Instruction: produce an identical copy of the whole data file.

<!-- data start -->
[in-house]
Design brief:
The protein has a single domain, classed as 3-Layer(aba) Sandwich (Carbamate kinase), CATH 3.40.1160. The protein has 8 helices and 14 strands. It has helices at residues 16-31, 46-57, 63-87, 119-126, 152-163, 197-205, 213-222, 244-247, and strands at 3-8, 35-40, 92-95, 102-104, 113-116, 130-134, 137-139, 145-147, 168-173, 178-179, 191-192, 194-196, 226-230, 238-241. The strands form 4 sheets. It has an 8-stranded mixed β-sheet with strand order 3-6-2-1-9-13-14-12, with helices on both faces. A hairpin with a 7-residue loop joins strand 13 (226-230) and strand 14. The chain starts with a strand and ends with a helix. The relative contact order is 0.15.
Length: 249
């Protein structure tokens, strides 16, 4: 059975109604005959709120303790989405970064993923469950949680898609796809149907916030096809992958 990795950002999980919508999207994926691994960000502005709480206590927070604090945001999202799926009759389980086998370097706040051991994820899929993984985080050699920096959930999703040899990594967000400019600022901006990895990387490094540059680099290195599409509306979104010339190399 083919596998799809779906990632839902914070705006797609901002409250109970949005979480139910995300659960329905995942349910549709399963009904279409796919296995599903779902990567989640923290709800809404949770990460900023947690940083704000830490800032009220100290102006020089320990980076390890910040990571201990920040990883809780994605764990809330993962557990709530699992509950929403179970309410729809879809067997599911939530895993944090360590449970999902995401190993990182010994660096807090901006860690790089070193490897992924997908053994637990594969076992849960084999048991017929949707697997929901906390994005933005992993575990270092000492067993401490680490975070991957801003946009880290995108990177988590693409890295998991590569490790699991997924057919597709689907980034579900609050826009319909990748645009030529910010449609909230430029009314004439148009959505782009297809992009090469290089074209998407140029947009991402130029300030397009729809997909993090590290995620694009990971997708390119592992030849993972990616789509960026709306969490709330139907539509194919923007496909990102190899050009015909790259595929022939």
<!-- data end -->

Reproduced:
[in-house]
Design brief:
The protein has a single domain, classed as 3-Layer(aba) Sandwich (Carbamate kinase), CATH 3.40.1160. The protein has 8 helices and 14 strands. It has helices at residues 16-31, 46-57, 63-87, 119-126, 152-163, 197-205, 213-222, 244-247, and strands at 3-8, 35-40, 92-95, 102-104, 113-116, 130-134, 137-139, 145-147, 168-173, 178-179, 191-192, 194-196, 226-230, 238-241. The strands form 4 sheets. It has an 8-stranded mixed β-sheet with strand order 3-6-2-1-9-13-14-12, with helices on both faces. A hairpin with a 7-residue loop joins strand 13 (226-230) and strand 14. The chain starts with a strand and ends with a helix. The relative contact order is 0.15.
Length: 249
């Protein structure tokens, strides 16, 4: 059975109604005959709120303790989405970064993923469950949680898609796809149907916030096809992958 990795950002999980919508999207994926691994960000502005709480206590927070604090945001999202799926009759389980086998370097706040051991994820899929993984985080050699920096959930999703040899990594967000400019600022901006990895990387490094540059680099290195599409509306979104010339190399 083919596998799809779906990632839902914070705006797609901002409250109970949005979480139910995300659960329905995942349910549709399963009904279409796919296995599903779902990567989640923290709800809404949770990460900023947690940083704000830490800032009220100290102006020089320990980076390890910040990571201990920040990883809780994605764990809330993962557990709530699992509950929403179970309410729809879809067997599911939530895993944090360590449970999902995401190993990182010994660096807090901006860690790089070193490897992924997908053994637990594969076992849960084999048991017929949707697997929901906390994005933005992993575990270092000492067993401490680490975070991957801003946009880290995108990177988590693409890295998991590569490790699991997924057919597709689907980034579900609050826009319909990748645009030529910010449609909230430029009314004439148009959505782009297809992009090469290089074209998407140029947009991402130029300030397009729809997909993090590290995620694009990971997708390119592992030849993972990616789509960026709306969490709330139907539509194919923007496909990102190899050009015909790259595929022939």